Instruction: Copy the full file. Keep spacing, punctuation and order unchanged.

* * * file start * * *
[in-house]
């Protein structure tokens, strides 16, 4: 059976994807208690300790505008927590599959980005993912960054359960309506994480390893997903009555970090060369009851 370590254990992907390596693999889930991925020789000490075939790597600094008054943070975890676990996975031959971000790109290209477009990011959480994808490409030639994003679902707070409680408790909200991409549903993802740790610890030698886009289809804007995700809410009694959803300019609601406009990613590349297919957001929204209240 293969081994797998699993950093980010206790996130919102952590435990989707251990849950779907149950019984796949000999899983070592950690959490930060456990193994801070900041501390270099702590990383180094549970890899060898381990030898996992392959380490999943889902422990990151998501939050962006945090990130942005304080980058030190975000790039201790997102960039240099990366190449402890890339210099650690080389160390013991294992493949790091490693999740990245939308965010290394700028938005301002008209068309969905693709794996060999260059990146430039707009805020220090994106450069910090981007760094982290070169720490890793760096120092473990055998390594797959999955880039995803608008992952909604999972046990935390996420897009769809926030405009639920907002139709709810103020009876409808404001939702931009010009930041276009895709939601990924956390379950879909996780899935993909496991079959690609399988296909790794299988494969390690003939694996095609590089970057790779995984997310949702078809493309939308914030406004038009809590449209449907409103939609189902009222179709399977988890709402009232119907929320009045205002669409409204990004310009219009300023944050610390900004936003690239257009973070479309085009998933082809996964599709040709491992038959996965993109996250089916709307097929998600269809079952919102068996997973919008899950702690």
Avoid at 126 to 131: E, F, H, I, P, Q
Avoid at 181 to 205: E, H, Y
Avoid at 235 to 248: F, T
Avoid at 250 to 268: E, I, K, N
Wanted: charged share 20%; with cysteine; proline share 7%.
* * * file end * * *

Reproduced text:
[in-house]
């Protein structure tokens, strides 16, 4: 059976994807208690300790505008927590599959980005993912960054359960309506994480390893997903009555970090060369009851 370590254990992907390596693999889930991925020789000490075939790597600094008054943070975890676990996975031959971000790109290209477009990011959480994808490409030639994003679902707070409680408790909200991409549903993802740790610890030698886009289809804007995700809410009694959803300019609601406009990613590349297919957001929204209240 293969081994797998699993950093980010206790996130919102952590435990989707251990849950779907149950019984796949000999899983070592950690959490930060456990193994801070900041501390270099702590990383180094549970890899060898381990030898996992392959380490999943889902422990990151998501939050962006945090990130942005304080980058030190975000790039201790997102960039240099990366190449402890890339210099650690080389160390013991294992493949790091490693999740990245939308965010290394700028938005301002008209068309969905693709794996060999260059990146430039707009805020220090994106450069910090981007760094982290070169720490890793760096120092473990055998390594797959999955880039995803608008992952909604999972046990935390996420897009769809926030405009639920907002139709709810103020009876409808404001939702931009010009930041276009895709939601990924956390379950879909996780899935993909496991079959690609399988296909790794299988494969390690003939694996095609590089970057790779995984997310949702078809493309939308914030406004038009809590449209449907409103939609189902009222179709399977988890709402009232119907929320009045205002669409409204990004310009219009300023944050610390900004936003690239257009973070479309085009998933082809996964599709040709491992038959996965993109996250089916709307097929998600269809079952919102068996997973919008899950702690």
Avoid at 126 to 131: E, F, H, I, P, Q
Avoid at 181 to 205: E, H, Y
Avoid at 235 to 248: F, T
Avoid at 250 to 268: E, I, K, N
Wanted: charged share 20%; with cysteine; proline share 7%.